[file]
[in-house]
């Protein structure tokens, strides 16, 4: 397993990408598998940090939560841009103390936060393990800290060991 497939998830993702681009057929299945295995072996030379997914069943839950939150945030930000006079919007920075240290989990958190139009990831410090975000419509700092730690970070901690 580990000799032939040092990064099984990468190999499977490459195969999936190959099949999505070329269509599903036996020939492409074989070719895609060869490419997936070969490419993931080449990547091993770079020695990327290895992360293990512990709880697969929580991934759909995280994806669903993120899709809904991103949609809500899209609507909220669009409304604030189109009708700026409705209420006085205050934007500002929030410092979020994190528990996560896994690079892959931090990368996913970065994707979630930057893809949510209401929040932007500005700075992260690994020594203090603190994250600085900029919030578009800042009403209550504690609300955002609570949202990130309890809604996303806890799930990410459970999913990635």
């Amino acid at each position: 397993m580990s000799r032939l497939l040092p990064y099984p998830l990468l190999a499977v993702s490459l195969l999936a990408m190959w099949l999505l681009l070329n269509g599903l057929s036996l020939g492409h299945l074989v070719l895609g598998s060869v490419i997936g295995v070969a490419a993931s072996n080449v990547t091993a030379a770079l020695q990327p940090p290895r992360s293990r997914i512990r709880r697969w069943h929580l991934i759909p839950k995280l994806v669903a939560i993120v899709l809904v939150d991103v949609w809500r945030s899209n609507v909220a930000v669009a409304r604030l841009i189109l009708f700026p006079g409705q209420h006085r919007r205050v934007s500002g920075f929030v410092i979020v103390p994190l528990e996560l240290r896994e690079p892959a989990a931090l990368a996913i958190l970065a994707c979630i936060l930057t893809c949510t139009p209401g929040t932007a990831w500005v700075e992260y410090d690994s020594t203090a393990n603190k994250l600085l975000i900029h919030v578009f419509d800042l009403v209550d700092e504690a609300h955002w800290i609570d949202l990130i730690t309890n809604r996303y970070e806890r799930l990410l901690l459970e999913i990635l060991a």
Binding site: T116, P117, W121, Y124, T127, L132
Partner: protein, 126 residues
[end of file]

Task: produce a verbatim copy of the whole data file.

[in-house]
């Protein structure tokens, strides 16, 4: 397993990408598998940090939560841009103390936060393990800290060991 497939998830993702681009057929299945295995072996030379997914069943839950939150945030930000006079919007920075240290989990958190139009990831410090975000419509700092730690970070901690 580990000799032939040092990064099984990468190999499977490459195969999936190959099949999505070329269509599903036996020939492409074989070719895609060869490419997936070969490419993931080449990547091993770079020695990327290895992360293990512990709880697969929580991934759909995280994806669903993120899709809904991103949609809500899209609507909220669009409304604030189109009708700026409705209420006085205050934007500002929030410092979020994190528990996560896994690079892959931090990368996913970065994707979630930057893809949510209401929040932007500005700075992260690994020594203090603190994250600085900029919030578009800042009403209550504690609300955002609570949202990130309890809604996303806890799930990410459970999913990635």
């Amino acid at each position: 397993m580990s000799r032939l497939l040092p990064y099984p998830l990468l190999a499977v993702s490459l195969l999936a990408m190959w099949l999505l681009l070329n269509g599903l057929s036996l020939g492409h299945l074989v070719l895609g598998s060869v490419i997936g295995v070969a490419a993931s072996n080449v990547t091993a030379a770079l020695q990327p940090p290895r992360s293990r997914i512990r709880r697969w069943h929580l991934i759909p839950k995280l994806v669903a939560i993120v899709l809904v939150d991103v949609w809500r945030s899209n609507v909220a930000v669009a409304r604030l841009i189109l009708f700026p006079g409705q209420h006085r919007r205050v934007s500002g920075f929030v410092i979020v103390p994190l528990e996560l240290r896994e690079p892959a989990a931090l990368a996913i958190l970065a994707c979630i936060l930057t893809c949510t139009p209401g929040t932007a990831w500005v700075e992260y410090d690994s020594t203090a393990n603190k994250l600085l975000i900029h919030v578009f419509d800042l009403v209550d700092e504690a609300h955002w800290i609570d949202l990130i730690t309890n809604r996303y970070e806890r799930l990410l901690l459970e999913i990635l060991a």
Binding site: T116, P117, W121, Y124, T127, L132
Partner: protein, 126 residues